The electronic book reader 112 also outputs data 114 indicative of the user interaction with the electronic book reader 112, so that such data can be used by a dynamic audio player 116. Commercially or publicly available electronic book readers can be modified in accordance with the description herein to provide such outputs.
 The data about the user interaction with the text can come in a variety of forms. For example, an identifier of the book being read (such as an ISBN, e-ISBN number or hash code), and the current position in the text can be provided. Generally, the current position is tracked by the electronic book reader as the current "page" or portion of the electronic book that is being displayed. The electronic book reader can output this information when it changes. Other information that can be useful, if provided by the electronic book reader 112, includes, but is not limited to the word count for a current range of the document being display, an indication of when the user has exited the electronic book reader application, and an indication of whether the reader has paused reading or resumed reading after a pause.
 The information and instructions exchanged between the electronic book reader and the dynamic audio player can be implemented through an application programming interface (API), so that the dynamic audio player can request that the electronic book reader provide status information, or perform some action, or so that the electronic book reader can control the other application program. The dynamic audio player can be programmed to implement this API as well. An example implementation of the API includes, but is not limited to, two interfaces, one for calls from the electronic book reader application, and another for calls to the electronic book reader application.
 Example calls that the electronic book reader can make to the dynamic audio player include:
 "ebookOpenedwithUniqueID" --This function is called by the electronic book reader when the application opens an electronic book. This function has parameters that specify the electronic book's unique identifier and whether the electronic book has been opened before. In response to this information the dynamic audio player sets the current cue. The first time an electronic book is opened, the current position will be set to the start of the first cue.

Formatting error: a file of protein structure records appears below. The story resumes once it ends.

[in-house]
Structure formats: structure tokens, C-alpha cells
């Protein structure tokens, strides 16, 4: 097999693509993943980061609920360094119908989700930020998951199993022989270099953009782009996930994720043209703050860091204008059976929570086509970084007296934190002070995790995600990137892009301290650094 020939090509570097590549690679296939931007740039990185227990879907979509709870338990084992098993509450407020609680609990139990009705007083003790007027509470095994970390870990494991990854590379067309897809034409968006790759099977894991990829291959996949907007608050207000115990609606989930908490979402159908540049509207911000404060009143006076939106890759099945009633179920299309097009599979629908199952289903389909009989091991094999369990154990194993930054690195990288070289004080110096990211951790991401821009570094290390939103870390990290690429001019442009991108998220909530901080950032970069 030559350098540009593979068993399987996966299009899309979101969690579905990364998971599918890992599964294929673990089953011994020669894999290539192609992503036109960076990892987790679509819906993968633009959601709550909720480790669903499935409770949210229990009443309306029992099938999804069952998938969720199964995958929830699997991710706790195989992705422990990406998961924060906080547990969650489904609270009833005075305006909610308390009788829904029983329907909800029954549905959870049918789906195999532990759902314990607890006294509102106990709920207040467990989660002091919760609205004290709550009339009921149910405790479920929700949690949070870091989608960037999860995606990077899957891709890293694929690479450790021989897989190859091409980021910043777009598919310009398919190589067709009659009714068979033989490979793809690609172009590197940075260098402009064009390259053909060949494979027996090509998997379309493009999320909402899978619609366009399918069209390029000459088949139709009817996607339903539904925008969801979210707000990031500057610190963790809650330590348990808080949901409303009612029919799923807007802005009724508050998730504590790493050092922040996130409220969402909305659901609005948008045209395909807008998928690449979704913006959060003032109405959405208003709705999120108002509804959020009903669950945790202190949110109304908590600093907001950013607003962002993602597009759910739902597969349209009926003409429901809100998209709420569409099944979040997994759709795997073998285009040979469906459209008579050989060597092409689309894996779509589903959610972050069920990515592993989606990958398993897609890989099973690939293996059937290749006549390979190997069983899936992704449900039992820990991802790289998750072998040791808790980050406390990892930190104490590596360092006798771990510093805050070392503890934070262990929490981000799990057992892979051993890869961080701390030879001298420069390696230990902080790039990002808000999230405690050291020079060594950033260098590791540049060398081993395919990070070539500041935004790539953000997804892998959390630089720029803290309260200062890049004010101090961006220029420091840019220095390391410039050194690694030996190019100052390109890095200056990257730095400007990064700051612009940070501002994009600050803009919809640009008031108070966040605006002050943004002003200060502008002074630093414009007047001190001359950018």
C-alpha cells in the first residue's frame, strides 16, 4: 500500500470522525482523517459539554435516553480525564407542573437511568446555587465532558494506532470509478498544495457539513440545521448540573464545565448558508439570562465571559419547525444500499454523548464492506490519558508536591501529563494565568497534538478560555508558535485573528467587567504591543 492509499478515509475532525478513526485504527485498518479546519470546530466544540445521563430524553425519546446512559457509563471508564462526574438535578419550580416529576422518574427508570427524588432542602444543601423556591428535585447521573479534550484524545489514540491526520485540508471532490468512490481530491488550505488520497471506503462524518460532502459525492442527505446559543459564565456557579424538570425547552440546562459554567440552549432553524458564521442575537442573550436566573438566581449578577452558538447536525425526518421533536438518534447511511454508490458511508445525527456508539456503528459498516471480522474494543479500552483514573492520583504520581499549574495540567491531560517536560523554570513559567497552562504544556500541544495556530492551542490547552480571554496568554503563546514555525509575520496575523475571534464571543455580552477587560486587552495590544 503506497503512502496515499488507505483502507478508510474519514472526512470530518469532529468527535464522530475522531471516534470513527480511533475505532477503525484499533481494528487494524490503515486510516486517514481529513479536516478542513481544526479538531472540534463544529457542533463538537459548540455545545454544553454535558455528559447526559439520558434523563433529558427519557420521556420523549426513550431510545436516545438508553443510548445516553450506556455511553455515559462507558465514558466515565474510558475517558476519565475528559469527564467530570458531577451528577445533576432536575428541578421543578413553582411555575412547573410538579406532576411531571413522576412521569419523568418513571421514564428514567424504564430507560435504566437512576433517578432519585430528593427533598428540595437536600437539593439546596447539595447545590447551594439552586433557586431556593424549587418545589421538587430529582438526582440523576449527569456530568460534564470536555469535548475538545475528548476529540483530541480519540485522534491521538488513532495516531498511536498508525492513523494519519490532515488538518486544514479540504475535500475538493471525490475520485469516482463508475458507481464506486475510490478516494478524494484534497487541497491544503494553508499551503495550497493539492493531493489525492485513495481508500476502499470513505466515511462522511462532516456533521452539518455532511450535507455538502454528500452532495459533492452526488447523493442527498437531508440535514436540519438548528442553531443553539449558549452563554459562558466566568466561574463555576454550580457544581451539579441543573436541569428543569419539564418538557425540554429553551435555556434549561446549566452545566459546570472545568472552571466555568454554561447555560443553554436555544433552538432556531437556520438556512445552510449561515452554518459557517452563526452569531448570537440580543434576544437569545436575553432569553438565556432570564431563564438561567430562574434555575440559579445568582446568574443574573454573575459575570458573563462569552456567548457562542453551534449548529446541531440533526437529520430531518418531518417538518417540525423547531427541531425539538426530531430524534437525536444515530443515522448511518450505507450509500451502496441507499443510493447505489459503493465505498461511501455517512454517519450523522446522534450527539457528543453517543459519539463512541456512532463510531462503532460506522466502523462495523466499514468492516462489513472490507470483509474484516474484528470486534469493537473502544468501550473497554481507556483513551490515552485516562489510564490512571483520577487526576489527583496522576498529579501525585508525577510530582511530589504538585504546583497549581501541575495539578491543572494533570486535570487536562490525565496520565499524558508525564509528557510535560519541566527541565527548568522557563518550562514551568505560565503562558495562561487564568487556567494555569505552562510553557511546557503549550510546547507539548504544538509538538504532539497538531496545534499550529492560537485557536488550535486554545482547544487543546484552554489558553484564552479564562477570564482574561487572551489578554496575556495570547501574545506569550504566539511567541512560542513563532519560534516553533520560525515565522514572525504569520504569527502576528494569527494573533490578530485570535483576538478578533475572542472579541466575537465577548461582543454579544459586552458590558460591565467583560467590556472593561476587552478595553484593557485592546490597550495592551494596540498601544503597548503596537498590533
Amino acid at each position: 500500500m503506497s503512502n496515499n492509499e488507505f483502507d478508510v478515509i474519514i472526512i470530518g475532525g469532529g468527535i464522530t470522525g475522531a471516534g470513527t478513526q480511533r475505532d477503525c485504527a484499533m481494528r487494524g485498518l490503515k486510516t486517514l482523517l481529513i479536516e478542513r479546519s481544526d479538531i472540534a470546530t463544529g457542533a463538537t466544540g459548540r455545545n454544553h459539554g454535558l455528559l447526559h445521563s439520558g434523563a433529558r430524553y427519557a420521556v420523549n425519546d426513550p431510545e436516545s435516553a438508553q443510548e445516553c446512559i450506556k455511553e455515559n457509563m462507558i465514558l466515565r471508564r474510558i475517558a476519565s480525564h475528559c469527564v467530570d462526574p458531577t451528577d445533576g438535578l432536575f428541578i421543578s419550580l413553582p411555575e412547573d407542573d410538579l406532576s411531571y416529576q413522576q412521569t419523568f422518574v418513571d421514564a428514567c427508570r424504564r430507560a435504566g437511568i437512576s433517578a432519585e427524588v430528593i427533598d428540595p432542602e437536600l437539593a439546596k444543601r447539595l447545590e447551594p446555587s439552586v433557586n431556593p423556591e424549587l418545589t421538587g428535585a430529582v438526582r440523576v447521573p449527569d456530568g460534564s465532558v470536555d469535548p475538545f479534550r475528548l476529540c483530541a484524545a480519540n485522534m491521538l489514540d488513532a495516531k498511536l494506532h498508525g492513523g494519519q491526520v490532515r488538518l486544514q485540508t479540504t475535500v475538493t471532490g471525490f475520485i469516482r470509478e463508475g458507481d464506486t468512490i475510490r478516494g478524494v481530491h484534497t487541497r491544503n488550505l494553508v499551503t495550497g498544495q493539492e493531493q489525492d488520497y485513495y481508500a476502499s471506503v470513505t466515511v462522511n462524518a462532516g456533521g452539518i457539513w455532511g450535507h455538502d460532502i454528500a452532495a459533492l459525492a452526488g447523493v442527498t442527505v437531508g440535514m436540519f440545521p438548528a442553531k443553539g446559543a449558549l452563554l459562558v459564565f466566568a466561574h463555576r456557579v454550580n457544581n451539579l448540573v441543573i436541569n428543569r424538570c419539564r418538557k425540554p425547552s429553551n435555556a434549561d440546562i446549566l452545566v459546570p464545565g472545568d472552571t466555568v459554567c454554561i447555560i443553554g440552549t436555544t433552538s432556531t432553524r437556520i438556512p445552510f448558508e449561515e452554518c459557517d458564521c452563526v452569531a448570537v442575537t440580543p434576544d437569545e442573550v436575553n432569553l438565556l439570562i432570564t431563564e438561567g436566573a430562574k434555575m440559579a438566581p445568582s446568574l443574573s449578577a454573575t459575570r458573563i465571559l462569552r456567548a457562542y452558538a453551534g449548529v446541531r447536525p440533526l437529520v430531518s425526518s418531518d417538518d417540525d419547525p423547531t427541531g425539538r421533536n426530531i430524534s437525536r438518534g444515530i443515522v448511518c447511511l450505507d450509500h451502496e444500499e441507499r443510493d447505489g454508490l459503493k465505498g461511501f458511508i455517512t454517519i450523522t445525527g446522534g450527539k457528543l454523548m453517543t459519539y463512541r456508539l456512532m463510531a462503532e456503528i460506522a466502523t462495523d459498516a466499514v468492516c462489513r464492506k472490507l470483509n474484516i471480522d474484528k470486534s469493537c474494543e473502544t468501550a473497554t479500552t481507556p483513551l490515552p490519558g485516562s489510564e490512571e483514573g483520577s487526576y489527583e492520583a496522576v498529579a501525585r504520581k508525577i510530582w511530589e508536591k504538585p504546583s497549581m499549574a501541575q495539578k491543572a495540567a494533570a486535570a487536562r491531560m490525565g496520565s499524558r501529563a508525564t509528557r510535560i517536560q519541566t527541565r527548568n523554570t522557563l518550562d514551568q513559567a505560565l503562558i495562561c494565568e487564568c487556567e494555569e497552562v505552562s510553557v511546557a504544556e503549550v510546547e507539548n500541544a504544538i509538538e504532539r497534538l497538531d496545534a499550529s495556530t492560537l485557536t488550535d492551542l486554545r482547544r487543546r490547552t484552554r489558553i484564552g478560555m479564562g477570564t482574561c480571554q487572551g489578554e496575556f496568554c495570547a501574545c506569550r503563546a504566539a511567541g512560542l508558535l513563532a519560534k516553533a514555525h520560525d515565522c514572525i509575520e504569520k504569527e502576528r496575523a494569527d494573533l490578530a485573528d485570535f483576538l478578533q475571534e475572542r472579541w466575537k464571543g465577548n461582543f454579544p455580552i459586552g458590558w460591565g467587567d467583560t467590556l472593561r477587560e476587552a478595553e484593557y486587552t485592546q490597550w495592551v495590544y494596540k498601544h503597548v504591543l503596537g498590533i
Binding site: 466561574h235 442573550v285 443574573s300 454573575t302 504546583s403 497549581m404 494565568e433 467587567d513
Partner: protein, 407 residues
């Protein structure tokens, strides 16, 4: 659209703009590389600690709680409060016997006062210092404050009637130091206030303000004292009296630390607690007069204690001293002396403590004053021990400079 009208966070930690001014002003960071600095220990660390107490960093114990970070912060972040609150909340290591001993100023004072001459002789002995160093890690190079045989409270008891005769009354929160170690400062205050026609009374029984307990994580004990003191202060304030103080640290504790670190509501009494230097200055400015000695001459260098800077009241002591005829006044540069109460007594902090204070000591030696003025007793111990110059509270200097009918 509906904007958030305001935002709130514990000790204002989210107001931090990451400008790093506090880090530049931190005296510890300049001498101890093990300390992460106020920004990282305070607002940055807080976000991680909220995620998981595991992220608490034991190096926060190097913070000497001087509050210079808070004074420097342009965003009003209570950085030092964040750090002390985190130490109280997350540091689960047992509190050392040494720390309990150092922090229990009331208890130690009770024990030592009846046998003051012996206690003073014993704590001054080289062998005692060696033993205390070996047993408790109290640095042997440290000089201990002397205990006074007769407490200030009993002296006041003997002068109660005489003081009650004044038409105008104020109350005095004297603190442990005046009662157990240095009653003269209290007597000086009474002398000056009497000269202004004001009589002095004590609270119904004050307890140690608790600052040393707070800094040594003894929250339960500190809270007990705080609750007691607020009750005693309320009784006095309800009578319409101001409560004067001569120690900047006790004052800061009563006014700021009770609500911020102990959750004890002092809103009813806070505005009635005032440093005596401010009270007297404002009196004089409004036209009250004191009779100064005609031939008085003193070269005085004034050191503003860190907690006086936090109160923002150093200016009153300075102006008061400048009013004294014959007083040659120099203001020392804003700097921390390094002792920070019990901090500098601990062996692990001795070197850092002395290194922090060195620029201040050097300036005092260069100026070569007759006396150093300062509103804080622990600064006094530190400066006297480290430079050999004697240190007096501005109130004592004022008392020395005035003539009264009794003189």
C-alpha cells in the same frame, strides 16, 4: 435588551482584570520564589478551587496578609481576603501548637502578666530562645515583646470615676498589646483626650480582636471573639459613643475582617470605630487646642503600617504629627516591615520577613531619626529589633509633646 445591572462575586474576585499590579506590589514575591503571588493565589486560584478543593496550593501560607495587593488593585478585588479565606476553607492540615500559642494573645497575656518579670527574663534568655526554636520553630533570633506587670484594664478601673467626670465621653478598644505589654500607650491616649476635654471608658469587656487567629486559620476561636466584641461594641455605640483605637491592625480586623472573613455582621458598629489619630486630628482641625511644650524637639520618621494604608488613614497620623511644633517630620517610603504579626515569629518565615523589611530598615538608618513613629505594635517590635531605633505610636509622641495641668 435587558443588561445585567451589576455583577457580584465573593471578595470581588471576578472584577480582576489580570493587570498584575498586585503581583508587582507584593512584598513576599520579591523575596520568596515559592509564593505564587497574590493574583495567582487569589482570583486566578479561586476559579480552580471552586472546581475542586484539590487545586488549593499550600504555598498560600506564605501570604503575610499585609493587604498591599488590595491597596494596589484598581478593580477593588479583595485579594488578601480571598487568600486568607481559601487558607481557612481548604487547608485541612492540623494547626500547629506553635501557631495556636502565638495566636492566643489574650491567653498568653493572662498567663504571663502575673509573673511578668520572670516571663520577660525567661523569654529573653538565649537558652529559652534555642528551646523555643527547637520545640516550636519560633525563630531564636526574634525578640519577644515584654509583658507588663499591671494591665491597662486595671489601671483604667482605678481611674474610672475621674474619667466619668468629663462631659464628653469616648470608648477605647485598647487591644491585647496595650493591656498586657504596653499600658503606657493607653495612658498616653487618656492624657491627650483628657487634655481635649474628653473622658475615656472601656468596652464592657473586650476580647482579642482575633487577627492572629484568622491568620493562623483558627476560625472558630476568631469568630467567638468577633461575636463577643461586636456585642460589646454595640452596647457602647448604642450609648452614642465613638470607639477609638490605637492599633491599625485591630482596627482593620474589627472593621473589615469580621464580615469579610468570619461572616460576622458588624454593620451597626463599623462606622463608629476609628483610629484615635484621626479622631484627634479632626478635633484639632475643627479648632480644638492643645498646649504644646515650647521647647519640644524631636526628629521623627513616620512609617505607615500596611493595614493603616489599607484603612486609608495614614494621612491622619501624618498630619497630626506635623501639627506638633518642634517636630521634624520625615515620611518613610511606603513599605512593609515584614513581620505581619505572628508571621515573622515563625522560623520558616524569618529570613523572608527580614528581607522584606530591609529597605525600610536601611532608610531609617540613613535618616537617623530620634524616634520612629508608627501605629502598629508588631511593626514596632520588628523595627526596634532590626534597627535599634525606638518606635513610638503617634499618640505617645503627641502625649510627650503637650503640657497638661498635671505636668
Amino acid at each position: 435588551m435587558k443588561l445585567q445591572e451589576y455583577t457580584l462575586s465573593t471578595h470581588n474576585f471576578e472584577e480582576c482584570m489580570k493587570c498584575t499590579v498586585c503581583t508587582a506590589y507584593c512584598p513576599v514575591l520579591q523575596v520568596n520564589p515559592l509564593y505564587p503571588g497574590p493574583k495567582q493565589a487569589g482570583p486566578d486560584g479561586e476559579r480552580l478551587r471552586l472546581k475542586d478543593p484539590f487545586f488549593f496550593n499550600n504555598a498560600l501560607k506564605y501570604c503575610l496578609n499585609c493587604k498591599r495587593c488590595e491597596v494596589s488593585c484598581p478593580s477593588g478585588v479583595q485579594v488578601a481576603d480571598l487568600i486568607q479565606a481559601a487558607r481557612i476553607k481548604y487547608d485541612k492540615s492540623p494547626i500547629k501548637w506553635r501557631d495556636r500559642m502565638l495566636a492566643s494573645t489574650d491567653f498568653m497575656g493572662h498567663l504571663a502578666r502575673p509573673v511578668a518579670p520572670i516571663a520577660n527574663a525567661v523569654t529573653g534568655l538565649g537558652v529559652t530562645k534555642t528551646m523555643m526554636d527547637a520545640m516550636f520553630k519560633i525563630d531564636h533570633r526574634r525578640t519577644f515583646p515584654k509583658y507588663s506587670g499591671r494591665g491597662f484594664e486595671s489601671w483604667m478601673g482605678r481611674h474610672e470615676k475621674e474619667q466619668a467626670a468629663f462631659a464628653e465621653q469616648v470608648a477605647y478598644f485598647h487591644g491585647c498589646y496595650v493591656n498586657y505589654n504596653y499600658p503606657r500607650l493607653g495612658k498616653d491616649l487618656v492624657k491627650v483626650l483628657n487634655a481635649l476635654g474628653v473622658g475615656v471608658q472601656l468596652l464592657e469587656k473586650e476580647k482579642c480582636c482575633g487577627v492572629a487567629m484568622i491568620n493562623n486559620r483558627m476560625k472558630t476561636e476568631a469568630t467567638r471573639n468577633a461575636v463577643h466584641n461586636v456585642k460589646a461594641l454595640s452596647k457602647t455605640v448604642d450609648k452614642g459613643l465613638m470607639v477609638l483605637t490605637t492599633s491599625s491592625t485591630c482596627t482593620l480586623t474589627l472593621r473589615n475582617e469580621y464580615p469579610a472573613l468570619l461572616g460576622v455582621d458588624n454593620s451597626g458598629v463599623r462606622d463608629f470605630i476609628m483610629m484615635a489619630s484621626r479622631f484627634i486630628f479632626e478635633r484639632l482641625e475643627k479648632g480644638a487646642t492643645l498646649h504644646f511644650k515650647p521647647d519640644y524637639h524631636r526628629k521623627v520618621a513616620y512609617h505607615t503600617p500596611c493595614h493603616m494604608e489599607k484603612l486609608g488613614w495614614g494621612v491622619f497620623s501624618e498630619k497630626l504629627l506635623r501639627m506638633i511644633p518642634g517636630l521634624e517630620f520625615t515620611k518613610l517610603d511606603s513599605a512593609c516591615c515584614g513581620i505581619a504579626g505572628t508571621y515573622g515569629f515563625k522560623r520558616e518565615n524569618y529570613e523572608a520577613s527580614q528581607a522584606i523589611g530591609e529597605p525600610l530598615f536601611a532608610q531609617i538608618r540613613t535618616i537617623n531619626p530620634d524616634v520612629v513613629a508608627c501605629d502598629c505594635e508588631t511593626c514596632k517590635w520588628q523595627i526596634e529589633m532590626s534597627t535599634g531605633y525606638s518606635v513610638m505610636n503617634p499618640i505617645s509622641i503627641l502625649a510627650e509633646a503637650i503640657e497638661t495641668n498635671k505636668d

"ebookClosed" --This function is called by the electronic book reader when the application closes an electronic book. In response to this call, the dynamic audio player can free up memory and reset internal data.
 "ebookRemoved" --This function is called when the electronic book reader has removed an ebook from its library, so that soundtrack and audio files also can also be removed.
 "displayedPositionRangeChanged" --This function is called when the electronic book reader changes its display, for example, due to a page turn, orientation change, font change or the like, and provides parameters for the range of the work that is newly displayed. In response to this call the dynamic audio player can set up audio cues for the newly displayed range of the work.
 "readingResumed" --This function is called when the user has resumed reading after an extended period of inactivity, which the electronic book reader detects by receiving any of a variety of inputs from the user (such as a page turn command) after reading has been determined to be "paused."
 "fetchSoundtrack" --This function is called by the electronic book reader to instruct the dynamic audio player to fetch and import the soundtrack file, or cue list, for the electronic book with a specified unique identifier (provided as a parameter of this function).
 "audioVolume" --This function is called by the electronic book reader to instruct the dynamic audio player to set the volume of the audio playback.
 "getCueLists" --This function is called by the electronic book reader to retrieve information from the dynamic audio player about the cue lists and groups available for the currently opened electronic book. This function would allow the electronic book reader to present this information to the reader, for example.